c. The student will be examined in one or both approved languages by art history faculty during the first semester of the PhD program. In the event of an unsatisfactory performance, students will be re-examined no later than the following semester.

Formal language study will be required for any student whose performance upon re-examination is unsatisfactory.

 

PhD

Doctoral Qualifying Examination

The doctoral qualifying examination will consist of two parts, oral and written. In consultation with their advisor, students will formulate two examination fields, which should either be contiguous or substantively related (and not simply based on the amount of coursework the student took in any given field). The second field can be in a non-art history area: classics, history, religious studies, music, etc. In this case, the field must absolutely be related to the first (e.g. someone with a primary field in Roman art cannot choose medieval history as a secondary field). The two fields will be submitted to the voting members of the faculty for approval; if necessary, the student will be asked to revise them with advice of the faculty and resubmit for faculty approval. The committee will consist of the major advisor, the minor advisor, and a third committee member. Examiners must be drawn from the CWRU faculty and/or CMA curatorial and relevant administrative and education staff only. All three committee members will evaluate both the written and the oral portions of the examination. It is the student’s responsibility to identify and contact the possible members of the examination committee sometime before the beginning of the third year of study, and to set the date of the examination in consultation with them.

Part I: Oral examination

The oral examination will take place over the course of one day. In consultation with their examination committee members, students will develop a bibliography for each field. The bibliography for the major field should be 25-30 pages in length; for the minor field, it should be 5-10 pages. The oral examination will consist of three parts:

1.  Examination of an object not currently on view at the CMA, related to the primary field. Focus on connoisseurship, technical analysis, iconography, proposed methodological approaches (30 – 60 minutes).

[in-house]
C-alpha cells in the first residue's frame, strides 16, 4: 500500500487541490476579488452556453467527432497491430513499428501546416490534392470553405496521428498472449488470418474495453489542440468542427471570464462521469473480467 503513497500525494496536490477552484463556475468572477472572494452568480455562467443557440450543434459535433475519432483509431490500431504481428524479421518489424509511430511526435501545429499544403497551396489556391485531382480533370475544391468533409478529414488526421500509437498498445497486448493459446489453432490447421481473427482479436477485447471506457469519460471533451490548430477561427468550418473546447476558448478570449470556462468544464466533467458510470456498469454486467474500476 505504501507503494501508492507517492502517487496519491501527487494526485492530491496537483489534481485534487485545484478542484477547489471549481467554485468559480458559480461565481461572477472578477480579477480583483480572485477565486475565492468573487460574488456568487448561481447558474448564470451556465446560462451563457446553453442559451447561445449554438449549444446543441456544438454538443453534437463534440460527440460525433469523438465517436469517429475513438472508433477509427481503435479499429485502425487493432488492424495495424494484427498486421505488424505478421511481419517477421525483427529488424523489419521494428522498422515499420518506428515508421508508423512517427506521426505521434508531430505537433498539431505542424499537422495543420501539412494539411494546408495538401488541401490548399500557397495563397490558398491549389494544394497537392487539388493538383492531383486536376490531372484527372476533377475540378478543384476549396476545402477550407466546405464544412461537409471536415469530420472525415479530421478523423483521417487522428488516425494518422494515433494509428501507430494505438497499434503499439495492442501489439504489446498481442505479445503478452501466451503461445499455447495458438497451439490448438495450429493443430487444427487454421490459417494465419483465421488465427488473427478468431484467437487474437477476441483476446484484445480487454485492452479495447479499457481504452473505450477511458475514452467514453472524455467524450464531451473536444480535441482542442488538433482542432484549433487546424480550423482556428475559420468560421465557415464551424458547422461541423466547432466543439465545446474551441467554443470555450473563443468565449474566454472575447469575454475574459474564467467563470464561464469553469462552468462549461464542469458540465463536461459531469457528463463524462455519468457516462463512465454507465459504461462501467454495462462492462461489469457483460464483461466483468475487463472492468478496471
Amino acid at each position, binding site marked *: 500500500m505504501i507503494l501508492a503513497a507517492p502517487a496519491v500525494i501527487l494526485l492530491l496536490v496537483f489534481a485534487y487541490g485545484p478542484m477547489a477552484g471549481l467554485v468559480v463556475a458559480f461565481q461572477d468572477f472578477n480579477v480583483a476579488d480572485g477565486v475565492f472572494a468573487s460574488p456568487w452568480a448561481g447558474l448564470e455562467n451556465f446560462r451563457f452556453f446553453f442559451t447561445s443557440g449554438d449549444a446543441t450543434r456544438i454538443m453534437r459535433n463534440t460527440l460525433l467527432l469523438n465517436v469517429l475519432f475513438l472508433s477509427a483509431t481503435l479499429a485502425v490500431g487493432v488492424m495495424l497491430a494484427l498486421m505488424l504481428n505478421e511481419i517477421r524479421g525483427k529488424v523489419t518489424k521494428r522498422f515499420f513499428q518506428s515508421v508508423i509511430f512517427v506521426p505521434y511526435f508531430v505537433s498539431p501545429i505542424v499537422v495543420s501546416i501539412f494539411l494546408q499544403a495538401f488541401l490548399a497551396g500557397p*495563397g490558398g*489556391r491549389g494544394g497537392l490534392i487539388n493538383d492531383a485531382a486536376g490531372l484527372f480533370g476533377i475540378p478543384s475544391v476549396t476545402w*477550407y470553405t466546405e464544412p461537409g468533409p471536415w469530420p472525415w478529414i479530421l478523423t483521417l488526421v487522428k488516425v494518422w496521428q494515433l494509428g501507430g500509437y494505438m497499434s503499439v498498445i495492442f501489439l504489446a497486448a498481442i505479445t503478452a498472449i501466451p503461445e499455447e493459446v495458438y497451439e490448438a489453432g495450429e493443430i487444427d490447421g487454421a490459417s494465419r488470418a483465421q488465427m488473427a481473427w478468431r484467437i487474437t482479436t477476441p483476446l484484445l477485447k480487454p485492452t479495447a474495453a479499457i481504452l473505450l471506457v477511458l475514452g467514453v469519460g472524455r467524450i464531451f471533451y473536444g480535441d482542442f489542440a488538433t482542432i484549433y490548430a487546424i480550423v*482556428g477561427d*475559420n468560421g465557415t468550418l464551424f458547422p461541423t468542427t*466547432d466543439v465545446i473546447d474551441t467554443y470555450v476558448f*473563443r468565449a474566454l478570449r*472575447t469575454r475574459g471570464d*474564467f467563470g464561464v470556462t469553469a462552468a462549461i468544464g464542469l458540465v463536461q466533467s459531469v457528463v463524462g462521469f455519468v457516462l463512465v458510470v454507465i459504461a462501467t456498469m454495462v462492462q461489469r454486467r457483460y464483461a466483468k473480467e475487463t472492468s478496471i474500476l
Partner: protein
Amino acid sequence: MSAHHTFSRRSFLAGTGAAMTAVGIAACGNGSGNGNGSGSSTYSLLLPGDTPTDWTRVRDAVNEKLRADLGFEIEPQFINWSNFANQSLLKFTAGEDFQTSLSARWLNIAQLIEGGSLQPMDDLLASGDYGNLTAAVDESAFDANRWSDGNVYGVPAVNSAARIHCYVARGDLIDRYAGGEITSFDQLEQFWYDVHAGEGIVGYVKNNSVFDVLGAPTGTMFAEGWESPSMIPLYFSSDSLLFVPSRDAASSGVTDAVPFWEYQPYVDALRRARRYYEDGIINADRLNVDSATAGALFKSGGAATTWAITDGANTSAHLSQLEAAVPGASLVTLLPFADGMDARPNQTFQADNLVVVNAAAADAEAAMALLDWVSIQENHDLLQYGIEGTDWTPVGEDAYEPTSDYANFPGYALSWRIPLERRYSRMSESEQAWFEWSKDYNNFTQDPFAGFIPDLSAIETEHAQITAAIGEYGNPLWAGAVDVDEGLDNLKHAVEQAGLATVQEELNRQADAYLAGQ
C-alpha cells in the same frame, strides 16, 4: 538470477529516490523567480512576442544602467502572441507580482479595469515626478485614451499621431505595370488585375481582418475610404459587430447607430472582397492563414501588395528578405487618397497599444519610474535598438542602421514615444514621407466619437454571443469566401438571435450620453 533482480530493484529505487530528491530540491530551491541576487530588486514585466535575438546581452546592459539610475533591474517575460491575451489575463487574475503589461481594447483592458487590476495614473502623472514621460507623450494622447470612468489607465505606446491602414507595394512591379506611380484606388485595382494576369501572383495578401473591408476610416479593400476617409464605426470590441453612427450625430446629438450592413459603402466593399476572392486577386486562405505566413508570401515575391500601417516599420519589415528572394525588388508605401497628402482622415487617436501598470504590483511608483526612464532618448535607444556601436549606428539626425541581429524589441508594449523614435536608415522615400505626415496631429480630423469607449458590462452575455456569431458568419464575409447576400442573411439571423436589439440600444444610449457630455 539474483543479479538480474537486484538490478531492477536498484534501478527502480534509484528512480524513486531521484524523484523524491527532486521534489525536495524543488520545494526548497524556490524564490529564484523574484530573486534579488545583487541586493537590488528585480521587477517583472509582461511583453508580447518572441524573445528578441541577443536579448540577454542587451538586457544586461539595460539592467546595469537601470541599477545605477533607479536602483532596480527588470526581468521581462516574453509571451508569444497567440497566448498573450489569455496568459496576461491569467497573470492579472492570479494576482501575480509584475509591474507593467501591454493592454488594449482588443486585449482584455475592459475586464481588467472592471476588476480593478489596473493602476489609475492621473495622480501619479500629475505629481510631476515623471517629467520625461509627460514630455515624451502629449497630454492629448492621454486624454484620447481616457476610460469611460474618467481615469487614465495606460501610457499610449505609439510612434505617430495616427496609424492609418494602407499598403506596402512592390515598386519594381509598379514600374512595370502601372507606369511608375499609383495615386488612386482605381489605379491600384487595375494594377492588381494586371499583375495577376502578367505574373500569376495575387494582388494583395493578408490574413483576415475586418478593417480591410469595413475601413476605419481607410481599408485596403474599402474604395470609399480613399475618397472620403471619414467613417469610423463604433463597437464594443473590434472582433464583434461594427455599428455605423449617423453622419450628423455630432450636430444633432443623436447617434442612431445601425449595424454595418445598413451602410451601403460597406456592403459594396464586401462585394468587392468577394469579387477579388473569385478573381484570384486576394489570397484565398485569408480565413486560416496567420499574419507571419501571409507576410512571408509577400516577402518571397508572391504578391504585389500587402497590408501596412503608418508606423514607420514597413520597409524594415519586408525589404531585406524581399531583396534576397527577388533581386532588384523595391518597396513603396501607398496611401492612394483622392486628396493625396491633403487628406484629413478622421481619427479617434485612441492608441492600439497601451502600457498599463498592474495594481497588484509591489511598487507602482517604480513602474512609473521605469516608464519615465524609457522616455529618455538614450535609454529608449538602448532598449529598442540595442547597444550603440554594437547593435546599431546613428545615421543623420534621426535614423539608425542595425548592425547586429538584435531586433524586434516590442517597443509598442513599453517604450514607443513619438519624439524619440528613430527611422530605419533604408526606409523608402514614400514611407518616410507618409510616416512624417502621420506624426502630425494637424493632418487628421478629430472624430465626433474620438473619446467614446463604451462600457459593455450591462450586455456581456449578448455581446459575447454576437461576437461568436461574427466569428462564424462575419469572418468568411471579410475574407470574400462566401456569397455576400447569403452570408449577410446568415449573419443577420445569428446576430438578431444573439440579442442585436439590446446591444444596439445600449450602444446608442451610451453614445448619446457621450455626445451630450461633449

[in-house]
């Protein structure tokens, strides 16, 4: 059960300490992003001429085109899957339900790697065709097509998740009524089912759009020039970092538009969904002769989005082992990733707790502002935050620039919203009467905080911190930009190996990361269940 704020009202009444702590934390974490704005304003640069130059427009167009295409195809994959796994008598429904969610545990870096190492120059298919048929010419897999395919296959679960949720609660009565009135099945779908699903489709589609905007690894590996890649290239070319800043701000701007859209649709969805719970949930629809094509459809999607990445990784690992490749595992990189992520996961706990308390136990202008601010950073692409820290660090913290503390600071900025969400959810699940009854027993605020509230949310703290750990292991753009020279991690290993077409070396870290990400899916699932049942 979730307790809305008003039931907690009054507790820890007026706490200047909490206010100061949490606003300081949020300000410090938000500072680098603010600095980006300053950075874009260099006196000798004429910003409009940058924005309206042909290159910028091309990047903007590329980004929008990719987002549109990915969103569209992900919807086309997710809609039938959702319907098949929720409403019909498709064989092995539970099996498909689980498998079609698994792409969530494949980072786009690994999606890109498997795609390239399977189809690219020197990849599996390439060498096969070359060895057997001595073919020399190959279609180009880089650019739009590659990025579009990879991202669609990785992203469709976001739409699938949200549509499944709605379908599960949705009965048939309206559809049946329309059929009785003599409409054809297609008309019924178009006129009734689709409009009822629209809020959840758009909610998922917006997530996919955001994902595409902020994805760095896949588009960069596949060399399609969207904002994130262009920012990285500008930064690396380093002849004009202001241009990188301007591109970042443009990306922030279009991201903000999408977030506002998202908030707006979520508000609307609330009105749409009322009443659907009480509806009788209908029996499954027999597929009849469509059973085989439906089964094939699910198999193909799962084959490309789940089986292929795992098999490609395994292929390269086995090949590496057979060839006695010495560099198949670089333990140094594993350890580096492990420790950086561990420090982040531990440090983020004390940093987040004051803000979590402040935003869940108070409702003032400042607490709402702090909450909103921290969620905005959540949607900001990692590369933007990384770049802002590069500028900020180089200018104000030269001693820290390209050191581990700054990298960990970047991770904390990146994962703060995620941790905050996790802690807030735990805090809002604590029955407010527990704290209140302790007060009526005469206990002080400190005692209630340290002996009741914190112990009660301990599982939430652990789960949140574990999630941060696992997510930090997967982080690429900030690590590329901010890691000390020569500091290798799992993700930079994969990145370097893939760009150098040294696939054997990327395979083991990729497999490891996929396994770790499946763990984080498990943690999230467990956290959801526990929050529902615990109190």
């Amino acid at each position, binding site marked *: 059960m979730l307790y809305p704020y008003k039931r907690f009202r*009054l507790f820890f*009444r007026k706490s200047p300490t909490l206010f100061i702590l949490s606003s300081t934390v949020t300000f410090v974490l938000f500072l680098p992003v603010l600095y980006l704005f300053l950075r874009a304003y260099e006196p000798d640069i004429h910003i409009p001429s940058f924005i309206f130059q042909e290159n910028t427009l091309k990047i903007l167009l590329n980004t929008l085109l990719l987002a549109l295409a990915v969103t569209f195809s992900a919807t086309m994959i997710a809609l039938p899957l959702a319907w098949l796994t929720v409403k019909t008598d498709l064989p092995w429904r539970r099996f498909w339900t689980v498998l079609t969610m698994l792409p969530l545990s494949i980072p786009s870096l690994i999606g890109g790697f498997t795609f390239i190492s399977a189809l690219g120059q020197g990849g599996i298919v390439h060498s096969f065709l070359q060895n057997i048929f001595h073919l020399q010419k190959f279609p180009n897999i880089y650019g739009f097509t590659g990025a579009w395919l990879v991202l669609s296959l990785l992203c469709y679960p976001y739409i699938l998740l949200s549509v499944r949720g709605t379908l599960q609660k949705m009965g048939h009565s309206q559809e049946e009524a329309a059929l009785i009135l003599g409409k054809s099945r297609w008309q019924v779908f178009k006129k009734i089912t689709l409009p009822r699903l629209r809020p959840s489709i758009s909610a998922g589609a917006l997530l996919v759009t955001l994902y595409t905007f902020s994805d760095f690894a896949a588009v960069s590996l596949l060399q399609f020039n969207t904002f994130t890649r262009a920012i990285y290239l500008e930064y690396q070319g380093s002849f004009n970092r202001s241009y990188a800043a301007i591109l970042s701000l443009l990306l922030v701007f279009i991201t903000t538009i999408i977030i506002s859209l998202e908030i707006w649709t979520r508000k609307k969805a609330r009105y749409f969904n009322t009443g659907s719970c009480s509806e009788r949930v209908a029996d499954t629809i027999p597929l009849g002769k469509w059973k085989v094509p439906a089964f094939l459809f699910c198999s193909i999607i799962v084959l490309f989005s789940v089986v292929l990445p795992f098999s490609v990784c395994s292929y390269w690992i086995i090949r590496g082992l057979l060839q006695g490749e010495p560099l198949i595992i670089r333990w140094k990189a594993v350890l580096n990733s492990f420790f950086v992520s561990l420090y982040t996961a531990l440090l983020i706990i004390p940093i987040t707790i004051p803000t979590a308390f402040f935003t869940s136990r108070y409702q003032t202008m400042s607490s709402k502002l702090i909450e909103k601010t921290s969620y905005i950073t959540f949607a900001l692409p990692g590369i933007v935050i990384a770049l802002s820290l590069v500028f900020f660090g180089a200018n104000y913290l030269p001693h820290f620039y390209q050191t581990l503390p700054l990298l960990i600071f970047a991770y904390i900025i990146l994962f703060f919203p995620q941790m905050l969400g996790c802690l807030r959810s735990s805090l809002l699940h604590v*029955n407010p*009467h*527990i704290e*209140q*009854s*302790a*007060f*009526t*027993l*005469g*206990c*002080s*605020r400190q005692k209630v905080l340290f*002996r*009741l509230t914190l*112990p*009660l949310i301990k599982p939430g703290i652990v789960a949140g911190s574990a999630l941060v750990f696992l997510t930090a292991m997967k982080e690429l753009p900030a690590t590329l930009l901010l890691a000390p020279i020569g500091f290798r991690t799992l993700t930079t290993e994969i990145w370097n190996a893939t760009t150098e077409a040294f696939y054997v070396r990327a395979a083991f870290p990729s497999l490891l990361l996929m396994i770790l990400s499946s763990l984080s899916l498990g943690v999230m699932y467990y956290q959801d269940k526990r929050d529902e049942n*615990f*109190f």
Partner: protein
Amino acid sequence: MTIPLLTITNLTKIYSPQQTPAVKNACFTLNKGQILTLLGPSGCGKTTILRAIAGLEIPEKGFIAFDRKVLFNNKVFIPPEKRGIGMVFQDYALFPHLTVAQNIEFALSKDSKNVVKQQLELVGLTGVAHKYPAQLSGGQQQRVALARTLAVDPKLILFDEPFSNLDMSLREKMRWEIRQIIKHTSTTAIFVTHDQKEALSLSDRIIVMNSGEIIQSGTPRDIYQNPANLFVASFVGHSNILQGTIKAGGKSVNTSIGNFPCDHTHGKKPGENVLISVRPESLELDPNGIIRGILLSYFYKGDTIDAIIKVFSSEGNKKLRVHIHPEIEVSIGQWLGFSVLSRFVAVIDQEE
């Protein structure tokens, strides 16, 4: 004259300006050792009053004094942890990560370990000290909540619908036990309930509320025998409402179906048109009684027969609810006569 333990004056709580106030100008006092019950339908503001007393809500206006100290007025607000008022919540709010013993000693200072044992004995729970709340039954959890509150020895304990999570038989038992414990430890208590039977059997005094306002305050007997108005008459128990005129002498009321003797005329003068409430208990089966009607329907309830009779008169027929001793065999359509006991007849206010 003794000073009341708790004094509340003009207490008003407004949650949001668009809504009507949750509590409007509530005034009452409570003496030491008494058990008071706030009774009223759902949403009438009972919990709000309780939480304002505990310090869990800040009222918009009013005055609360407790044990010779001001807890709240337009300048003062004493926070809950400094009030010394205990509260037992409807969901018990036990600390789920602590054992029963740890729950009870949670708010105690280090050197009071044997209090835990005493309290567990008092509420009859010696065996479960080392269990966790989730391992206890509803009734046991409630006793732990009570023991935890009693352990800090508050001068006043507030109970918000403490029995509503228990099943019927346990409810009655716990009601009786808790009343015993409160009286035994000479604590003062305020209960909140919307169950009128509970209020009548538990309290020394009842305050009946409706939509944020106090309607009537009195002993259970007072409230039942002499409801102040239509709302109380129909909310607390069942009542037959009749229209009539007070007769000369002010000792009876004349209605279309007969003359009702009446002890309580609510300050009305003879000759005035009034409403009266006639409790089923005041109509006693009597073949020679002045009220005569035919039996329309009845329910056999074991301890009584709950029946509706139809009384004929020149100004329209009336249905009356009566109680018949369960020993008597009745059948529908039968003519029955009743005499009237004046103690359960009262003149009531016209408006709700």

2.  Discussion of three or four objects in galleries, from both fields.  Focus on historiography/methodology/bibliography. Include technical analysis if possible. Objects can, but do not have to be related to the student’s potential dissertation topic (approximately 60 minutes)

3.  Discussion of key objects from both fields; to take place in a classroom with projected images. Focus on historiography/methodology/bibliography. This section will cover broader field than just the student’s potential dissertation topic (1.5 – 2 hours; 8-15 objects for the major field, 4 – 8 objects for the minor field).

Part II: Written Examination

After the oral portion of the examination is completed, examiners will meet to discuss the results and identify the student’s weakest exam area. Within two days, examiners will craft a paper topic to target this area, and notify the student, who will be expected to pick up the assigned topic from the art history office within two weeks from the notification. Once the topic is picked up, the student will be given a  two-week period to write a research paper 20 – 30 pages in length, complete with notes and bibliography, based on the topic outlined by the committee. The administration of the written portion of the examination is predicated on the successful completion of the oral portion.

If the committee determines that the student failed any portion of the exam, the student will meet with the advisor to discuss the possibility of re-examination.